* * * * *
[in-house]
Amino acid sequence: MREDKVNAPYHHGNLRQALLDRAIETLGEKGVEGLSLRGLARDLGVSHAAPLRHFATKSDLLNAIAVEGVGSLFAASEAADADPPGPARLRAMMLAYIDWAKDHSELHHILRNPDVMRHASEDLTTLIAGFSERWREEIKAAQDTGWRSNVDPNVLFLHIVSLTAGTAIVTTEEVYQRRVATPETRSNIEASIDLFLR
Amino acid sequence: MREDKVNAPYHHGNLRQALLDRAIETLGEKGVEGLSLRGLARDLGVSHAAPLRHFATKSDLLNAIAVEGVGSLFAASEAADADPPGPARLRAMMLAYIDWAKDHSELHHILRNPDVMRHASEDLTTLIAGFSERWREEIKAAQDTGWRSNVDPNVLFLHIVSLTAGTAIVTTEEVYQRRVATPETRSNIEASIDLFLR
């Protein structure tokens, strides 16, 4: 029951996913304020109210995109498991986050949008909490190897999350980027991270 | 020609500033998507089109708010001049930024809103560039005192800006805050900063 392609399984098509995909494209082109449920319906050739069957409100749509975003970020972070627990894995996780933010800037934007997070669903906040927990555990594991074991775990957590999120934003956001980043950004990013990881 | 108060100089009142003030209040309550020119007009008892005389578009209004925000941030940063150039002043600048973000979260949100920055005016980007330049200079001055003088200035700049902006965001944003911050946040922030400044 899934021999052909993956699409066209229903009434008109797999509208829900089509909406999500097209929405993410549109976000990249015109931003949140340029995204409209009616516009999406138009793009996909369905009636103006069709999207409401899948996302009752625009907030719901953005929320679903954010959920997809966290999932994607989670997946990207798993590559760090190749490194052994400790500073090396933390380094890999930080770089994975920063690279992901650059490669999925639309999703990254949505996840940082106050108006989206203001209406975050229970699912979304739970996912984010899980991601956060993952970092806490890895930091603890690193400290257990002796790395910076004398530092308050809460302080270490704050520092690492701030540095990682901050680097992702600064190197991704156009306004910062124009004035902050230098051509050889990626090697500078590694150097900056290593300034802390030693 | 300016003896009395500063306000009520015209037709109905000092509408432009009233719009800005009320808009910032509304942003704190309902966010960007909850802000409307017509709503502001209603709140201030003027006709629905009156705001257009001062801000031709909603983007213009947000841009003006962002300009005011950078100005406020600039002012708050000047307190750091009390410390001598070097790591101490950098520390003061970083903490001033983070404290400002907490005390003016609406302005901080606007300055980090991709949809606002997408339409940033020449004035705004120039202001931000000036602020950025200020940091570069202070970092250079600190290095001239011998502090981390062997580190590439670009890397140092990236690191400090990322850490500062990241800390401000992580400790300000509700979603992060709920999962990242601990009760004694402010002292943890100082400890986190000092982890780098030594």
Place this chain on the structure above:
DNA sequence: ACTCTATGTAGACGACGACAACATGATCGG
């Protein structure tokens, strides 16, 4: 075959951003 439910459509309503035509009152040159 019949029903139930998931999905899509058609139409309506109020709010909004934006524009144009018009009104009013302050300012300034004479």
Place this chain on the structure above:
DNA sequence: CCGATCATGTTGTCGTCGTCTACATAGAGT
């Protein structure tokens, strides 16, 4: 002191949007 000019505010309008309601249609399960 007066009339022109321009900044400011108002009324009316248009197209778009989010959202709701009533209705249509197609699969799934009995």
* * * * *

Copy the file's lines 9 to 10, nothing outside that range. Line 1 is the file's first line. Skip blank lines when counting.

DNA sequence: CCGATCATGTTGTCGTCGTCTACATAGAGT
């Protein structure tokens, strides 16, 4: 002191949007 000019505010309008309601249609399960 007066009339022109321009900044400011108002009324009316248009197209778009989010959202709701009533209705249509197609699969799934009995």